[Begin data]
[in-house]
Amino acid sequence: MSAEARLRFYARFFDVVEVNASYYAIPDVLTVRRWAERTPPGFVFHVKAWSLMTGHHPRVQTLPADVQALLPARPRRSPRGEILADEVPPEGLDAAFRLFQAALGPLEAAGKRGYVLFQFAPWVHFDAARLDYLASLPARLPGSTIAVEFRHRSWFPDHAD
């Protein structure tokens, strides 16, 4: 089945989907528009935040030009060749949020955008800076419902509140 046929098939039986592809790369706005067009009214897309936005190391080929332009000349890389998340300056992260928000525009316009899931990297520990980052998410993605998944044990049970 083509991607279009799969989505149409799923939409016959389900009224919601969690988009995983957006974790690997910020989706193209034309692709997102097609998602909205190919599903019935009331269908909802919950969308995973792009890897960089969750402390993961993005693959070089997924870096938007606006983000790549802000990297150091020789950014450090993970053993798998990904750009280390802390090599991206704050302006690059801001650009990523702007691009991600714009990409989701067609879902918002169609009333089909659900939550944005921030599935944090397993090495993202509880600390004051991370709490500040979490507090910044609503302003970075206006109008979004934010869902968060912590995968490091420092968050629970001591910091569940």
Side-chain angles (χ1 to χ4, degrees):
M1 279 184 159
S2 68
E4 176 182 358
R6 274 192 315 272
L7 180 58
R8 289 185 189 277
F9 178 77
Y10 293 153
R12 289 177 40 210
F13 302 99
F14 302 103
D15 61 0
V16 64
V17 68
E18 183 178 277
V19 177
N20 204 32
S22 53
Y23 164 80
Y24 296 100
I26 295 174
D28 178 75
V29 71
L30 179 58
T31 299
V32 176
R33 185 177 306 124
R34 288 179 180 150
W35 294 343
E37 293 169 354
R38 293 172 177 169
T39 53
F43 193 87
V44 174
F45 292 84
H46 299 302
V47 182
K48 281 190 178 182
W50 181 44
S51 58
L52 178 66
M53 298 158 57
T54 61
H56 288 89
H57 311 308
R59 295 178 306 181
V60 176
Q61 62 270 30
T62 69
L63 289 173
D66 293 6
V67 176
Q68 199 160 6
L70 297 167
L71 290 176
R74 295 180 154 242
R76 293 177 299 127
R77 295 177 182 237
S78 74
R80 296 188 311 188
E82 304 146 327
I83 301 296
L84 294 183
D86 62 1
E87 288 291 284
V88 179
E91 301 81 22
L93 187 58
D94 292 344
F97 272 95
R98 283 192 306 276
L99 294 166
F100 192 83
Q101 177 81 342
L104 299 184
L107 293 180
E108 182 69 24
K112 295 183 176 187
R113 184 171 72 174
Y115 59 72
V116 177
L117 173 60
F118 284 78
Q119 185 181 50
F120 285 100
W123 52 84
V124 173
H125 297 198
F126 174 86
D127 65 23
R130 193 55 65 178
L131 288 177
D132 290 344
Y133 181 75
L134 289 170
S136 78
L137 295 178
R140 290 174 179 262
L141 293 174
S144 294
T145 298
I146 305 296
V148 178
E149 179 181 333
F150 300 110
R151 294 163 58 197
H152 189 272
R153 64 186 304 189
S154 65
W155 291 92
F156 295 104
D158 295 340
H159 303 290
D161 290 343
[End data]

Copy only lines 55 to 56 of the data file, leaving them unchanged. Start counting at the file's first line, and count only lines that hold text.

D66 293 6
V67 176